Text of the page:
And so that concludes the Fourth Annual Occult Detective Awards. Thanks for dropping in. We’ll see you back here next year for another thrilling chapter in the Awards saga.

Day 4 of the 4th Annual Occult Detective Awards

Posted in Occult Detective Awards on December 20, 2013 by Occult Detective



Best Novel / Best Occult Detective Novel

LOVE IS THE LAW by Nick Mamatas — Not only the best occult novel, but best novel period. Why? Read my review HERE.

Best Horror Novel

THE WOLVES OF MIDWINTER by Anne Rice — I didn’t love The Wolf Gift, but this second installment of The Wolf Gift Chronicles shows that the author is still a force to be reckoned with. This is Anne doing what she does best… weaving an epic tapestry filled with rich family histories populated by supernatural beasties.

Best Fantasy Novel

THE OCEAN AT THE END OF THE LANE by Neil Gaiman — I found this modern fairy tale to be very moving and frightening all at the same time, like all good fairy tales should be.

Best Crime Novel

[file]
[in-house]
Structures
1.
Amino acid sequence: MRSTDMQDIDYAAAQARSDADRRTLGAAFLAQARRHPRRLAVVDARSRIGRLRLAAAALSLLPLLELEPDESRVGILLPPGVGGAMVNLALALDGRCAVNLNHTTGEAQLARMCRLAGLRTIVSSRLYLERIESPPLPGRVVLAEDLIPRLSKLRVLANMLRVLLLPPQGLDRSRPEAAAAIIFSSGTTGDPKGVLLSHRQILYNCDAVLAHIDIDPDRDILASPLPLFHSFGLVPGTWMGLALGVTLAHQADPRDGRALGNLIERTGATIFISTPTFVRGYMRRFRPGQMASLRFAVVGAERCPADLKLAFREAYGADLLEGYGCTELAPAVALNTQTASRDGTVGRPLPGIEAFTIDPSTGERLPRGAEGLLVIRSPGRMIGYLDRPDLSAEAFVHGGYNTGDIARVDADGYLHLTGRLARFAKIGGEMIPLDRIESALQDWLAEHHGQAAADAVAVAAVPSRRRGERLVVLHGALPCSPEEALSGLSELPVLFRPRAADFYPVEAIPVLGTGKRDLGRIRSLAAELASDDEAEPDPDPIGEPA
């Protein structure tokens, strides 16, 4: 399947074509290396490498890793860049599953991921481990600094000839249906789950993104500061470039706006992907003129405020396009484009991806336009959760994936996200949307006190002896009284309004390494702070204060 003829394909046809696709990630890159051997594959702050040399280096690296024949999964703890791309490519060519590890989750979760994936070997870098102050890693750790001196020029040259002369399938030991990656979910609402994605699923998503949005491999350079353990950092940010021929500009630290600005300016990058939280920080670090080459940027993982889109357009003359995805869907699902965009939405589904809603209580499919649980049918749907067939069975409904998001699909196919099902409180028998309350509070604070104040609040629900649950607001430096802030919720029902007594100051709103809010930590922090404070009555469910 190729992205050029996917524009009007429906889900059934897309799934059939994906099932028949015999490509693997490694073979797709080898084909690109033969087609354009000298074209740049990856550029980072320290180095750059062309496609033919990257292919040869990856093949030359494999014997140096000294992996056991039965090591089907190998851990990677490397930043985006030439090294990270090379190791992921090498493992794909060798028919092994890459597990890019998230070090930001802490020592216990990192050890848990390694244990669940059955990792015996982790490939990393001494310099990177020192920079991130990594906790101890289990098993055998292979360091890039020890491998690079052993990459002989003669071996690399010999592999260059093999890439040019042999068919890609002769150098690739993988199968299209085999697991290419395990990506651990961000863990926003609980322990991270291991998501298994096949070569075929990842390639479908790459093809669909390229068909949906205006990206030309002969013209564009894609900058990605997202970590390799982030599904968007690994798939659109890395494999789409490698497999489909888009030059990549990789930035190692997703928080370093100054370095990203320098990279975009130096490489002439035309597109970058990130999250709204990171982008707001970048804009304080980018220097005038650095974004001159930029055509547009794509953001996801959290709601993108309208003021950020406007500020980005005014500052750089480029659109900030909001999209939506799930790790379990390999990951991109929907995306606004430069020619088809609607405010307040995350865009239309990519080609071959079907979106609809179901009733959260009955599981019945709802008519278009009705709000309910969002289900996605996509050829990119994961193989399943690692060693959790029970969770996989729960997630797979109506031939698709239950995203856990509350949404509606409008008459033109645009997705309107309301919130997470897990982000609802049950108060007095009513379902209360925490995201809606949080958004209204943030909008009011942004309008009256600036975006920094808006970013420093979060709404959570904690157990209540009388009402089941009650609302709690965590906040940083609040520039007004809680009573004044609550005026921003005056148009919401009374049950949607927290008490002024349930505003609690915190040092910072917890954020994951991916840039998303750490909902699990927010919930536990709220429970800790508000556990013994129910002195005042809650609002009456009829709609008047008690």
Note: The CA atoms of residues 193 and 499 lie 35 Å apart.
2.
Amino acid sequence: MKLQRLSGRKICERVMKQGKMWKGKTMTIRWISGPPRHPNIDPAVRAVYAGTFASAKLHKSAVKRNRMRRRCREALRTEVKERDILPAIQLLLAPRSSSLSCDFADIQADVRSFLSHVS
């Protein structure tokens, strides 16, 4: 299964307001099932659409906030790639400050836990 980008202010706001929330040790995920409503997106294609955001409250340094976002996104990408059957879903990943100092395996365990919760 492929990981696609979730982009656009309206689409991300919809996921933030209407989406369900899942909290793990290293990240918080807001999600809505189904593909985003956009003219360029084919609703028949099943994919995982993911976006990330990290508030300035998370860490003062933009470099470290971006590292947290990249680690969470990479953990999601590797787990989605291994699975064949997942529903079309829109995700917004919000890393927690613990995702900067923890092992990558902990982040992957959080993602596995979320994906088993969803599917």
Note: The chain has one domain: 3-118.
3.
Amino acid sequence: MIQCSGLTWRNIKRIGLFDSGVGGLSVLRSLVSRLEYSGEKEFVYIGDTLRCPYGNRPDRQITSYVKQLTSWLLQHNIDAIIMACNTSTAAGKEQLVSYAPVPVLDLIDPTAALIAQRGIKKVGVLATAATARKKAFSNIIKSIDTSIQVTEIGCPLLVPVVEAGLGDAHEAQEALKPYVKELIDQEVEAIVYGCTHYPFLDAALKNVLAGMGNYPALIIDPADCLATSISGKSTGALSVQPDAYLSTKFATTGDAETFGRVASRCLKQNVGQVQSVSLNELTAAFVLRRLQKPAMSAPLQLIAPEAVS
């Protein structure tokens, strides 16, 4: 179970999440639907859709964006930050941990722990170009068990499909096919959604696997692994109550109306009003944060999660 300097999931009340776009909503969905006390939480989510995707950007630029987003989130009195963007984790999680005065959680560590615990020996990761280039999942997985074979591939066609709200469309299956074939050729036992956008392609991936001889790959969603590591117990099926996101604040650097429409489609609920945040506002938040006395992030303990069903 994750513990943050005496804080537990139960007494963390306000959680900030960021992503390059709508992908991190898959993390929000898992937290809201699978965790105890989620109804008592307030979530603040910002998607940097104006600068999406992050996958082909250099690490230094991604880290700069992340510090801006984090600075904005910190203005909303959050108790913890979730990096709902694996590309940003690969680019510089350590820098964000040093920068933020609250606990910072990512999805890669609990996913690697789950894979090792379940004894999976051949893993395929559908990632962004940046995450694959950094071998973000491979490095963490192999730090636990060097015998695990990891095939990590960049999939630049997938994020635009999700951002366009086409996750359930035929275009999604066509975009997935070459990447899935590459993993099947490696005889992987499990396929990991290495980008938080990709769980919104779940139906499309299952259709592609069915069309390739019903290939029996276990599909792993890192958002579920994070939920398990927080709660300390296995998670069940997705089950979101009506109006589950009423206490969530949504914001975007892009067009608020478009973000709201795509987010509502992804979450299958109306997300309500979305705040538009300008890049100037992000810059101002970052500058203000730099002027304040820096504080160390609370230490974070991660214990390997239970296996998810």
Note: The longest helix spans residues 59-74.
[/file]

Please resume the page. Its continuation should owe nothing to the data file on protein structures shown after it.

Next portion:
JOYLAND by Stephen King — This was a fun and quick read populated with the kinds of characters one comes to expect from King. While not purely a “crime novel”, despite being part of the Hard Case Crime lineup, it’s not purely a “ghost story” either. As such, I thought it fit here better than elsewhere and really deserved recognition as I really dug it.

Best Pulp Novel

KHAN OF MARS by Stephen Blackmoore — More books like this please. With an obvious nod to ERB, Khan is one of those books not easily put down. It’s about an erudite gorilla and his cowboy companion for Odin’s sake! What’s not to love about that? Toss in a malevolent Weather Witch. On Mars. This one’s a winner, hands down.

Best Novella